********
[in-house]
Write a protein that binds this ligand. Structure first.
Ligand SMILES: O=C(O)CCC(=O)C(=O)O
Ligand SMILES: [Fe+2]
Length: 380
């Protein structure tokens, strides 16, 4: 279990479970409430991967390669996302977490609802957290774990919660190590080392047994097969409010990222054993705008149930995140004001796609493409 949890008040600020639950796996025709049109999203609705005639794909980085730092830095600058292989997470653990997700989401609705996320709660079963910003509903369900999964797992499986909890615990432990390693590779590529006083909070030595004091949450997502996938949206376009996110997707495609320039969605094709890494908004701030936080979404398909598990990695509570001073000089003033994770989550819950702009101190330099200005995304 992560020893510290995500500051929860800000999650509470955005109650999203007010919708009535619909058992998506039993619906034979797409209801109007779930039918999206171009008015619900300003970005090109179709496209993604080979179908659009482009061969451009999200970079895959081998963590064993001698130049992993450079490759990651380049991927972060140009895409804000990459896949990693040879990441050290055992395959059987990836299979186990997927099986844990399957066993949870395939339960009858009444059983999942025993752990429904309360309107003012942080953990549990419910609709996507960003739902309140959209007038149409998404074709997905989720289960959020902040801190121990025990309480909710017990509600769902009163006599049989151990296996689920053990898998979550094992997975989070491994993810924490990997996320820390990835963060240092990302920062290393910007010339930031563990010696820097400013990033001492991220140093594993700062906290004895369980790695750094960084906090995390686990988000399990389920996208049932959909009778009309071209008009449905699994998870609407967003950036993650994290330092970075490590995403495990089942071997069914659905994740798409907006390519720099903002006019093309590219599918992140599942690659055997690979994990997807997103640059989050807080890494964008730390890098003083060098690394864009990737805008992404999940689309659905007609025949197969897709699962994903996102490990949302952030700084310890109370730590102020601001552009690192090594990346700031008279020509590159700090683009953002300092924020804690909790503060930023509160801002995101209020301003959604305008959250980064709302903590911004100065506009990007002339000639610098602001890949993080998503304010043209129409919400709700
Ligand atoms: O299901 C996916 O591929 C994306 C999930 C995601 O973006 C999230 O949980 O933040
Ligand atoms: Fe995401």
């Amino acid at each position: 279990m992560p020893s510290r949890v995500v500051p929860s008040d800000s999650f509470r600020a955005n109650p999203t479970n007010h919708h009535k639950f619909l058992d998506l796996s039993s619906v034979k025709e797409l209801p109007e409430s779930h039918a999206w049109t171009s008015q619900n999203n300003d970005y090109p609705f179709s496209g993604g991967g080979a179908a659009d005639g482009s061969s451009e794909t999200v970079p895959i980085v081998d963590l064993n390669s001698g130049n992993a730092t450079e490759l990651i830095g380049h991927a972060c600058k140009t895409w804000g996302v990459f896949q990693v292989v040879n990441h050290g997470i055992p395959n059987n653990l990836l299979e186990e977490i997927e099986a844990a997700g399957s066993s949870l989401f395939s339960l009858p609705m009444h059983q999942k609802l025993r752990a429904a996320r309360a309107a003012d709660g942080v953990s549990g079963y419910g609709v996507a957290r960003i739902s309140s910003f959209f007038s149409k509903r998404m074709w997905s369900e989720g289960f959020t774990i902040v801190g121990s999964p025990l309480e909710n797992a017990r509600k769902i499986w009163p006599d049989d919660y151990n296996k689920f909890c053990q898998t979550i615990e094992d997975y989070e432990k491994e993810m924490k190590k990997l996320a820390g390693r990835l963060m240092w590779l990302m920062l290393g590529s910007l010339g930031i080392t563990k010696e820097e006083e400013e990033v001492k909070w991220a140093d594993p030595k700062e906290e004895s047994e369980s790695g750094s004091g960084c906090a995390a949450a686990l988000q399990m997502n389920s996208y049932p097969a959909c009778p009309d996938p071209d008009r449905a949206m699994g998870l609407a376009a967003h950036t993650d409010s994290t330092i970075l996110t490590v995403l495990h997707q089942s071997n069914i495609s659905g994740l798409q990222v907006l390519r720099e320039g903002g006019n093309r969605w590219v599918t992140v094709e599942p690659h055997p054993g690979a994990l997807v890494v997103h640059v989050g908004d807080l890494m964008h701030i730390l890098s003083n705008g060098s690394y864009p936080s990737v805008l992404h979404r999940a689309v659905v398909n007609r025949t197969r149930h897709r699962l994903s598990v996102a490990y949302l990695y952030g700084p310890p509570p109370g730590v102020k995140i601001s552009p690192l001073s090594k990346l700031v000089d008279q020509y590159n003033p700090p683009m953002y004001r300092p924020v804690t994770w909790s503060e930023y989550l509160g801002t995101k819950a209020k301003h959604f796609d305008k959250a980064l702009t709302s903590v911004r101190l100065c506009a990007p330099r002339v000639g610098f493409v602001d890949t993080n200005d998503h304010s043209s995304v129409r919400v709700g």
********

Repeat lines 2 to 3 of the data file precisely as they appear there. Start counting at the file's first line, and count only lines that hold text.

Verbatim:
Write a protein that binds this ligand. Structure first.
Ligand SMILES: O=C(O)CCC(=O)C(=O)O